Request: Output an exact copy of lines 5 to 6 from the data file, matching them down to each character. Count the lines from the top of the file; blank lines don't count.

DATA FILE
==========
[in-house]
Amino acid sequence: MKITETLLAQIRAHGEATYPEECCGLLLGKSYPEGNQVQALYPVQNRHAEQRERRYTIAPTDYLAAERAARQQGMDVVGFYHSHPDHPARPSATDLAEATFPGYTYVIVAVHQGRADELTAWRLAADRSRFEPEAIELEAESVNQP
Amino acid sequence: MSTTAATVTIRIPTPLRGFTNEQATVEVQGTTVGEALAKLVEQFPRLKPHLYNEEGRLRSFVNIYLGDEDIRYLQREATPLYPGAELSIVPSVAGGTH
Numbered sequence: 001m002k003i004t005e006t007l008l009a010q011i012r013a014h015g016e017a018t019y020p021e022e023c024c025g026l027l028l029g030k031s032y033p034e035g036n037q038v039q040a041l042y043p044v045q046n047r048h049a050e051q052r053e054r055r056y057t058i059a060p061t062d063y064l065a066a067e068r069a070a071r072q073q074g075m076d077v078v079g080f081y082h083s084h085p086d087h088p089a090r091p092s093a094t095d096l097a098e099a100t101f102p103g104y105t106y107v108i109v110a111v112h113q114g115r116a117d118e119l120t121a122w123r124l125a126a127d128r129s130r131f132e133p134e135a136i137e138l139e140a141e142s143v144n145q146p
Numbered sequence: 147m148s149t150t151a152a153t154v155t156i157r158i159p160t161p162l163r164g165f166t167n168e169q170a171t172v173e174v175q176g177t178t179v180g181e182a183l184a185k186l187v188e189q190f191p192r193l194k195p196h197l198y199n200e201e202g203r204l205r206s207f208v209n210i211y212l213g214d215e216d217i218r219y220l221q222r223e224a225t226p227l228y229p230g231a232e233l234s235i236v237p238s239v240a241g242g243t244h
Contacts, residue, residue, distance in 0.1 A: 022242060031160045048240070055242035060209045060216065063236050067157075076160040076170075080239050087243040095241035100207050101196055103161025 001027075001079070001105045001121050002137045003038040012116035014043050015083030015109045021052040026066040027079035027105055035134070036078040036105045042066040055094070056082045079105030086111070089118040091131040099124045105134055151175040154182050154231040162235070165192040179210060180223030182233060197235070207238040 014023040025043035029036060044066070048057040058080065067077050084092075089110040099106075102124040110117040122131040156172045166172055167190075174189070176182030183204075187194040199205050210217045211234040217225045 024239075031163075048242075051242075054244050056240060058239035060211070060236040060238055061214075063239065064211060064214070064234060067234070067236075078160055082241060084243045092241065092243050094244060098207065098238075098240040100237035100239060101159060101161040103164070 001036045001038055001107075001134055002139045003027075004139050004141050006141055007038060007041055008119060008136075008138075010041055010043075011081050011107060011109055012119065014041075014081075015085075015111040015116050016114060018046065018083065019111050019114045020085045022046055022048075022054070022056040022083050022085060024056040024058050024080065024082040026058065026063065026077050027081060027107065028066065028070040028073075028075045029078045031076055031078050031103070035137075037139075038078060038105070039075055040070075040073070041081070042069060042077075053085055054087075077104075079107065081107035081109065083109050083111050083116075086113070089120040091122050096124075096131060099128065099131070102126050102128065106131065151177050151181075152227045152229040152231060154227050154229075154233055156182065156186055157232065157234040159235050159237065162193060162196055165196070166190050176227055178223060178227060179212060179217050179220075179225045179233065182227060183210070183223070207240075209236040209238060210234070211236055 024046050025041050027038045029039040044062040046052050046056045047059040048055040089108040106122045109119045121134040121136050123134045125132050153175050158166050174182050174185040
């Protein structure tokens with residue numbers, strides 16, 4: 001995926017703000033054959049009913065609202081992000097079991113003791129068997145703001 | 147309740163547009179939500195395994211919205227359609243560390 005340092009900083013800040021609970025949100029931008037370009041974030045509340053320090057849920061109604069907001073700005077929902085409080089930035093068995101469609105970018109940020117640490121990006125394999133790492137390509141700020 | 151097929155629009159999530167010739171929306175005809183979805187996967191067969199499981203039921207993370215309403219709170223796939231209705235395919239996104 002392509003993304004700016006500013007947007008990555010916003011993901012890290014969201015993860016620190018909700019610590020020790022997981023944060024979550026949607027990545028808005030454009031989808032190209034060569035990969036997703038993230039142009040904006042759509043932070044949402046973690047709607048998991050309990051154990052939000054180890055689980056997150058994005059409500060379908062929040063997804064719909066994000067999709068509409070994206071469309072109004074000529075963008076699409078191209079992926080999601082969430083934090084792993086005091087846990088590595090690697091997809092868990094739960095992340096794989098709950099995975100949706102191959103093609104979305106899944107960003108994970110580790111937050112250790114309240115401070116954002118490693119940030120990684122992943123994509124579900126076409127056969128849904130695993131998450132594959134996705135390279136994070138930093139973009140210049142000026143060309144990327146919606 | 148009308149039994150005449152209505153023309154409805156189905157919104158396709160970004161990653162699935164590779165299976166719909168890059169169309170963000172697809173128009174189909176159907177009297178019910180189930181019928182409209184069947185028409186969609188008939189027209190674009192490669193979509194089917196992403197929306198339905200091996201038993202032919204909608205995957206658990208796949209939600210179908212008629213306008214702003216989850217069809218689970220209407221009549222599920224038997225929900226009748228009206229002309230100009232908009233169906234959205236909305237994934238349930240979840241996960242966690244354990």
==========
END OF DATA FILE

Numbered sequence: 147m148s149t150t151a152a153t154v155t156i157r158i159p160t161p162l163r164g165f166t167n168e169q170a171t172v173e174v175q176g177t178t179v180g181e182a183l184a185k186l187v188e189q190f191p192r193l194k195p196h197l198y199n200e201e202g203r204l205r206s207f208v209n210i211y212l213g214d215e216d217i218r219y220l221q222r223e224a225t226p227l228y229p230g231a232e233l234s235i236v237p238s239v240a241g242g243t244h
Contacts, residue, residue, distance in 0.1 A: 022242060031160045048240070055242035060209045060216065063236050067157075076160040076170075080239050087243040095241035100207050101196055103161025 001027075001079070001105045001121050002137045003038040012116035014043050015083030015109045021052040026066040027079035027105055035134070036078040036105045042066040055094070056082045079105030086111070089118040091131040099124045105134055151175040154182050154231040162235070165192040179210060180223030182233060197235070207238040 014023040025043035029036060044066070048057040058080065067077050084092075089110040099106075102124040110117040122131040156172045166172055167190075174189070176182030183204075187194040199205050210217045211234040217225045 024239075031163075048242075051242075054244050056240060058239035060211070060236040060238055061214075063239065064211060064214070064234060067234070067236075078160055082241060084243045092241065092243050094244060098207065098238075098240040100237035100239060101159060101161040103164070 001036045001038055001107075001134055002139045003027075004139050004141050006141055007038060007041055008119060008136075008138075010041055010043075011081050011107060011109055012119065014041075014081075015085075015111040015116050016114060018046065018083065019111050019114045020085045022046055022048075022054070022056040022083050022085060024056040024058050024080065024082040026058065026063065026077050027081060027107065028066065028070040028073075028075045029078045031076055031078050031103070035137075037139075038078060038105070039075055040070075040073070041081070042069060042077075053085055054087075077104075079107065081107035081109065083109050083111050083116075086113070089120040091122050096124075096131060099128065099131070102126050102128065106131065151177050151181075152227045152229040152231060154227050154229075154233055156182065156186055157232065157234040159235050159237065162193060162196055165196070166190050176227055178223060178227060179212060179217050179220075179225045179233065182227060183210070183223070207240075209236040209238060210234070211236055 024046050025041050027038045029039040044062040046052050046056045047059040048055040089108040106122045109119045121134040121136050123134045125132050153175050158166050174182050174185040